Samsung Gear 2 Review7
A little over a year ago, an unknown company called Pebble, put itself on the map after it managed to deliver on its crowd-funded campaign on Kickstarter, and released what was one of the very first modern and actually successful smartwatches. The company was overwhelmed by the demand, and that's as good an indicator as any to a big-shot incumbent that the age of the wearables is drawing near.
The response was super-quick – Samsung announced its fancy-looking Galaxy Gear smartwatch alongside its Galaxy Note 3 in September last year, and yet consumers were seemingly unmoved. Despite the parts that Samsung had gotten right – a color display instead of monochrome, for one – it was undeniable that the Gear felt rushed, and lacked the breadth of functional applications of the Pebble. It was also expensive, and very picky about the devices it could pair up with (read: Galaxy Note 3 only at launch).
Today, we'll be taking a look at the follow-up – the Gear 2 – in an attempt to assess whether Samsung learned from the whole experience. At $299, it is still one of the most expensive smartwatches out there, but a precursory look does indicate that Samsung has improved its wearable in several key areas.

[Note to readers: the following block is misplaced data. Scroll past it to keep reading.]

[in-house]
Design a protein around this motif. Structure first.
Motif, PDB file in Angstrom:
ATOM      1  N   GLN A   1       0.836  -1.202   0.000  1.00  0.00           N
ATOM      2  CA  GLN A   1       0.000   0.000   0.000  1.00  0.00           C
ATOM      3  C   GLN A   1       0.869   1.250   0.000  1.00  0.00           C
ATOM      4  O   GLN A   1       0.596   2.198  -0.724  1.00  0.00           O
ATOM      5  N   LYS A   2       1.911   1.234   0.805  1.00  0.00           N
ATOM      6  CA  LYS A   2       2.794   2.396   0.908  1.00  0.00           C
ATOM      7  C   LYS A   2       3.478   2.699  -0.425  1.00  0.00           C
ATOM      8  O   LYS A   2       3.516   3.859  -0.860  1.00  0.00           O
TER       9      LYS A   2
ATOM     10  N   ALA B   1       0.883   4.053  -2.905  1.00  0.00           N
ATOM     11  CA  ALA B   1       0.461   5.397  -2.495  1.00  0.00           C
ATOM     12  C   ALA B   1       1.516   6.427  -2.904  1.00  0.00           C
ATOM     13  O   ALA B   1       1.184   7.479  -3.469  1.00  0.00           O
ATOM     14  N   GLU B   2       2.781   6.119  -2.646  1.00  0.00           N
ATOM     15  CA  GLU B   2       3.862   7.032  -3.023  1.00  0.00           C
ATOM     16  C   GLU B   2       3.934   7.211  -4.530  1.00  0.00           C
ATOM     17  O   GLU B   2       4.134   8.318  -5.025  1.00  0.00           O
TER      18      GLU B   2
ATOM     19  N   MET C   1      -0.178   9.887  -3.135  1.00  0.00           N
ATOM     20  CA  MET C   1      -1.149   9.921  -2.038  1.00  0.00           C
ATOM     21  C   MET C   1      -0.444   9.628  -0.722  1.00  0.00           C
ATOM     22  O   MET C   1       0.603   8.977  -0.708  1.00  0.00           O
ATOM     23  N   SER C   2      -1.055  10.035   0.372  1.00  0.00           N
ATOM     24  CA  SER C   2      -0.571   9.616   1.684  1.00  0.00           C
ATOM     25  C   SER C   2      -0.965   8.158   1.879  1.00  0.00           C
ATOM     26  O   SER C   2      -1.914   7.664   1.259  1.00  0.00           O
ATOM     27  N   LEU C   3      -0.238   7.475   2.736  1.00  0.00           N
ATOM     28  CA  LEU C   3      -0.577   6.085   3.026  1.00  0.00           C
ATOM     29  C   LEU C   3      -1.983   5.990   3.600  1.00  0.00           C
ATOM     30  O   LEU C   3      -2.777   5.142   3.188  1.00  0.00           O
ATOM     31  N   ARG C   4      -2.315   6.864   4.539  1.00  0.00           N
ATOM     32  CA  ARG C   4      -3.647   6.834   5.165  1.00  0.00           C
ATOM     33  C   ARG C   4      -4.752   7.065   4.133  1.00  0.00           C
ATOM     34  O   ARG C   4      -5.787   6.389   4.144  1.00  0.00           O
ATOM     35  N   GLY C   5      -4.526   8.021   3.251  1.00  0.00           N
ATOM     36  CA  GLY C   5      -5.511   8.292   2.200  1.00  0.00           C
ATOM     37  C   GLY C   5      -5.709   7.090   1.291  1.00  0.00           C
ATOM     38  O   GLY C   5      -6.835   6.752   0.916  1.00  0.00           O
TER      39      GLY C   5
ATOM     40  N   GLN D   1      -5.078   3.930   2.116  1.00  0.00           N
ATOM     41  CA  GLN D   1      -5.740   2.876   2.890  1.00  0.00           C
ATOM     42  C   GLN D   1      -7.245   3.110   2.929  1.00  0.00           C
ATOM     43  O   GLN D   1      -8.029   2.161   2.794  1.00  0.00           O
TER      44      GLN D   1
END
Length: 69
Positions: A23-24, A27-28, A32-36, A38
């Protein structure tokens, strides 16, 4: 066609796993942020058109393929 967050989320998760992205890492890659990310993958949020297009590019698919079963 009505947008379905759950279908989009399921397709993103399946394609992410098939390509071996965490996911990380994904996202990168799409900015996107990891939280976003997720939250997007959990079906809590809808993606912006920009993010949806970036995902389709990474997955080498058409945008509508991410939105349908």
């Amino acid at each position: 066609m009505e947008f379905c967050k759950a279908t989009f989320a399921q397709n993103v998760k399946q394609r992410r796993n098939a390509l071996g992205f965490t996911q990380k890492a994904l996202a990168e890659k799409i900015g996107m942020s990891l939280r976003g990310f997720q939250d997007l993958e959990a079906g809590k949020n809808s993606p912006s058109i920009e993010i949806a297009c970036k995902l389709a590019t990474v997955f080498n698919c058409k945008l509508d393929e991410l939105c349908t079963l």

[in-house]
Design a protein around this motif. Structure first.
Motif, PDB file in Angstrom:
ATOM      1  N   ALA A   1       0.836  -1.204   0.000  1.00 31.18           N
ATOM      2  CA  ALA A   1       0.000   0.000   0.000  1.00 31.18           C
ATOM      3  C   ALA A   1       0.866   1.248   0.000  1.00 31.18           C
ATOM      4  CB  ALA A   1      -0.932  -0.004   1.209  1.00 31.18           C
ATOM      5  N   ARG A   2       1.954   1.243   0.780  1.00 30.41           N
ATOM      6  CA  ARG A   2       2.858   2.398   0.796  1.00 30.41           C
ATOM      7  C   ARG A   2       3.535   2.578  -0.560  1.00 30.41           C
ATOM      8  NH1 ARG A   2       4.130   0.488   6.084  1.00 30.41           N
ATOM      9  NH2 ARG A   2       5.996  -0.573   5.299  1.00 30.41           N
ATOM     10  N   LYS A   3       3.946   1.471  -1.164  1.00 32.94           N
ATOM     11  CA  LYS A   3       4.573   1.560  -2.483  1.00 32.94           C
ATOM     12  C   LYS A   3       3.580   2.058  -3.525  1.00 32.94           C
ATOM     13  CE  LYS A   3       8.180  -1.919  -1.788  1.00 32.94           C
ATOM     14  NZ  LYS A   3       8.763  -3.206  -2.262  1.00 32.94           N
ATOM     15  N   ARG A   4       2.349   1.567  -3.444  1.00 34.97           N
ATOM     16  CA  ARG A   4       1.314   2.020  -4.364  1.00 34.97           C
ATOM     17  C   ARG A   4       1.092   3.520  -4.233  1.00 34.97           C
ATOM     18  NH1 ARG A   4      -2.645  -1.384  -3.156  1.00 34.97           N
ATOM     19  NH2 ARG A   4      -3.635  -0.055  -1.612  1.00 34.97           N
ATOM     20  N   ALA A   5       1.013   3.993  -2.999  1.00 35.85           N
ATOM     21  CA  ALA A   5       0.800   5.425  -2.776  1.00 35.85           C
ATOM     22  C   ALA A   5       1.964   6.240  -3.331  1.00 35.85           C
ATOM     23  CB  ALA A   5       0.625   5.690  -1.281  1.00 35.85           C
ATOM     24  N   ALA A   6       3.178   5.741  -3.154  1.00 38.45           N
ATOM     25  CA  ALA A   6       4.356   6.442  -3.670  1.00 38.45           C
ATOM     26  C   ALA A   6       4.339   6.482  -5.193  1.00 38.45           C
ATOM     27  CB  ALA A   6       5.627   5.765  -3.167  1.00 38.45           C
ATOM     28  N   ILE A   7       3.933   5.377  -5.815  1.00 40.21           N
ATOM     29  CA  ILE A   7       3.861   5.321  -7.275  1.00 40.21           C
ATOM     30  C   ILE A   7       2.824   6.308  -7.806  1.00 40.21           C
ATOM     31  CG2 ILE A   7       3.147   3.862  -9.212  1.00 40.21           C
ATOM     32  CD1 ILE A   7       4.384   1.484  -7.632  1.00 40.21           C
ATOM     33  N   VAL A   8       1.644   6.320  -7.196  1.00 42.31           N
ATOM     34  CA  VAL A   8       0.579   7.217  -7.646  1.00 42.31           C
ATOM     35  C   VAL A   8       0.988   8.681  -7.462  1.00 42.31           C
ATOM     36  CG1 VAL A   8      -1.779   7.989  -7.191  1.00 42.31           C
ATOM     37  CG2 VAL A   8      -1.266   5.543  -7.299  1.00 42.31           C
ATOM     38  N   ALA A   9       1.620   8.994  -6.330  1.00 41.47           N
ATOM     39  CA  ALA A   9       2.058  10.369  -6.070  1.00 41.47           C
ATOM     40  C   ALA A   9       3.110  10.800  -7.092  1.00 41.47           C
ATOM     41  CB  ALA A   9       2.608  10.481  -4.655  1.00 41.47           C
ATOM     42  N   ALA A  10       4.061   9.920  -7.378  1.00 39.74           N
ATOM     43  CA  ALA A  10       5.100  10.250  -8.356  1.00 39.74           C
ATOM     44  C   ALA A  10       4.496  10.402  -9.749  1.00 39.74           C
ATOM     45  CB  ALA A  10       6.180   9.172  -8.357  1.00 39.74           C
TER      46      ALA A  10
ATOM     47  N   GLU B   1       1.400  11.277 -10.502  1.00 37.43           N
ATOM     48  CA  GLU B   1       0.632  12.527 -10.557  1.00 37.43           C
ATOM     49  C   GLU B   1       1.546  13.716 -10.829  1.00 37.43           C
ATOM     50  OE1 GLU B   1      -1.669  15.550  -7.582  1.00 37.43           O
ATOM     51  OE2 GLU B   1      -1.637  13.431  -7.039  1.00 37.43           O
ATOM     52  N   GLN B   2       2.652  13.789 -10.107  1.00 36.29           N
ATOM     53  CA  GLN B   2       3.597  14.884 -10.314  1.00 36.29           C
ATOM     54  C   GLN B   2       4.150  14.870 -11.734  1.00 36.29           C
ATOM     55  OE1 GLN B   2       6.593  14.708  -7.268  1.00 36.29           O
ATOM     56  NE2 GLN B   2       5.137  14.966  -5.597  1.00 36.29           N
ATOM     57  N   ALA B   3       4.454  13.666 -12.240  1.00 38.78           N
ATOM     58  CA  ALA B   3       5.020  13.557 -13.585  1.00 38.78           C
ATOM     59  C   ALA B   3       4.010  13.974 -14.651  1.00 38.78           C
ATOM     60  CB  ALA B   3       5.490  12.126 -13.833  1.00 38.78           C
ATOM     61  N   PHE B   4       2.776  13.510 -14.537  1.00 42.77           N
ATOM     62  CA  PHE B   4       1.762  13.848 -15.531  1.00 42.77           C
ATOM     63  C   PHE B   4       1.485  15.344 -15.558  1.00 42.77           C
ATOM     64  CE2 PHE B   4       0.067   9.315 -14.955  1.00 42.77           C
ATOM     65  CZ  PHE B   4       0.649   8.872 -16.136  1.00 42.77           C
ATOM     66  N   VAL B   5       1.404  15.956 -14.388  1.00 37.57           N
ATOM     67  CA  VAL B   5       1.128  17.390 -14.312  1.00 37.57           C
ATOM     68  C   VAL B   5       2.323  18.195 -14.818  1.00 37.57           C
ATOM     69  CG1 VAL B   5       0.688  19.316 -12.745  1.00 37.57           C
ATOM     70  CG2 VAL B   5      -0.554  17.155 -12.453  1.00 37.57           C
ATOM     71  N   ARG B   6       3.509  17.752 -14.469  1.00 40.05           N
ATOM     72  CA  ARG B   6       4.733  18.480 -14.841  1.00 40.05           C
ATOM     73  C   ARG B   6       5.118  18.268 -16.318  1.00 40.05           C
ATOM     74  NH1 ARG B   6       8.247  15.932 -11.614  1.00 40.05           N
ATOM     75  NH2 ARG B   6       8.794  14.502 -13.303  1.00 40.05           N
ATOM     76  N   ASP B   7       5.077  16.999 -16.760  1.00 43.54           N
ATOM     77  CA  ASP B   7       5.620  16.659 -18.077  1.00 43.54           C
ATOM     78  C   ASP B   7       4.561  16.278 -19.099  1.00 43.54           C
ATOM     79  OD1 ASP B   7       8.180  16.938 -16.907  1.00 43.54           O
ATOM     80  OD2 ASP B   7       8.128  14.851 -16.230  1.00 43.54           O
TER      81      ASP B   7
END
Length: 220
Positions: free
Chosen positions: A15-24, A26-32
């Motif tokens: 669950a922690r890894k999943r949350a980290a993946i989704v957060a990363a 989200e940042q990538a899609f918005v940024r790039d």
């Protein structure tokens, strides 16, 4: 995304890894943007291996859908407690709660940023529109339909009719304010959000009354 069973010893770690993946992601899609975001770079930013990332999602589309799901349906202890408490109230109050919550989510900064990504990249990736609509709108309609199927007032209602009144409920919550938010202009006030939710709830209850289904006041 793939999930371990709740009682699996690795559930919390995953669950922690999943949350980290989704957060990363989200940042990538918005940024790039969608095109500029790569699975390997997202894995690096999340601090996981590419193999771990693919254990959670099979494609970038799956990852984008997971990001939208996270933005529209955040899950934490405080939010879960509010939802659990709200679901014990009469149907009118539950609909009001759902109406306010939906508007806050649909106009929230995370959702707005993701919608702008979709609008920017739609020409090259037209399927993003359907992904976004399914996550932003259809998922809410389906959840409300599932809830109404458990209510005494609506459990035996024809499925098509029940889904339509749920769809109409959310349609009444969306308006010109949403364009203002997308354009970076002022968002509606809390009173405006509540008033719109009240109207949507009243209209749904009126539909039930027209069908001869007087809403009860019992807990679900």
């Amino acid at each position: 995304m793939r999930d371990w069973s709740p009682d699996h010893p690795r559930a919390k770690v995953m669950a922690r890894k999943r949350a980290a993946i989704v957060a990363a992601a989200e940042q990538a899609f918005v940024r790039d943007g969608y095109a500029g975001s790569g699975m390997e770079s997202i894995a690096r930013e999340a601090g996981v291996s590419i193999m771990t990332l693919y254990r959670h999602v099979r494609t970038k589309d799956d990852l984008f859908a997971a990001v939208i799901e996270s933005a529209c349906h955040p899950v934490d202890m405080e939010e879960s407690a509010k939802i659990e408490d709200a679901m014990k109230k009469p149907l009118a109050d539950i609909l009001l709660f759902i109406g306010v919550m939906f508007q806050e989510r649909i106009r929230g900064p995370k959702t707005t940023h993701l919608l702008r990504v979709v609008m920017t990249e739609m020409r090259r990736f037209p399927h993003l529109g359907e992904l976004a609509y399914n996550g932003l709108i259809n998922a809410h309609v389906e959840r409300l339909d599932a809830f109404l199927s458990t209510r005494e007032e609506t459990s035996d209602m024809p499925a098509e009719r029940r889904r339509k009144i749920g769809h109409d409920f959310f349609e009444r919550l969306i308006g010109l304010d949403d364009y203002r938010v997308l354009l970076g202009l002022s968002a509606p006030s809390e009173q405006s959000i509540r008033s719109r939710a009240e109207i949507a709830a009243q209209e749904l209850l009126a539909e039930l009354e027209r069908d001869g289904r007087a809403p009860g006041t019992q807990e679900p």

So, has the Gear 2 become a functional enough device as to rank high on your list next time you go smartwatch shopping? Let's find out.
While the Gear 2 by no means introduces a plot twist with its design language compared with the original Galaxy Gear, quite a bit has changed, and exclusively for the better. The face of the watch looks much sleeker and cleaner, unencumbered by the four screws that kept the original together. The power/home button has also been moved to the front, and is now much larger, and significantly easier to operate. As before, the viewable part of the face is all glass and metal, and holds a 1.63-inch 320x320-pixel AMOLED display, which is both detailed enough and can get sufficiently bright for use even under direct sunlight.
But the improvements in design didn't stop there. The camera, for example, no longer protrudes from the strap, and, alongside the new IR blaster, is now neatly nestled at the end of the physical body of the Gear 2, immediately before the strap. Speaking of the body and strap, those have both seen some slim-sizing – the body itself is still plastic, but it's also thinner and IP67 dust- and water-resistant (and houses a heart rate monitor on the bottom), while the strap comes with a much smaller and classier-looking clasp. Moreover, the strap can now be replaced with any standard 22mm one.
Samsung has narrowed the number of color options down to three – charcoal black, gold brown, and wild orange.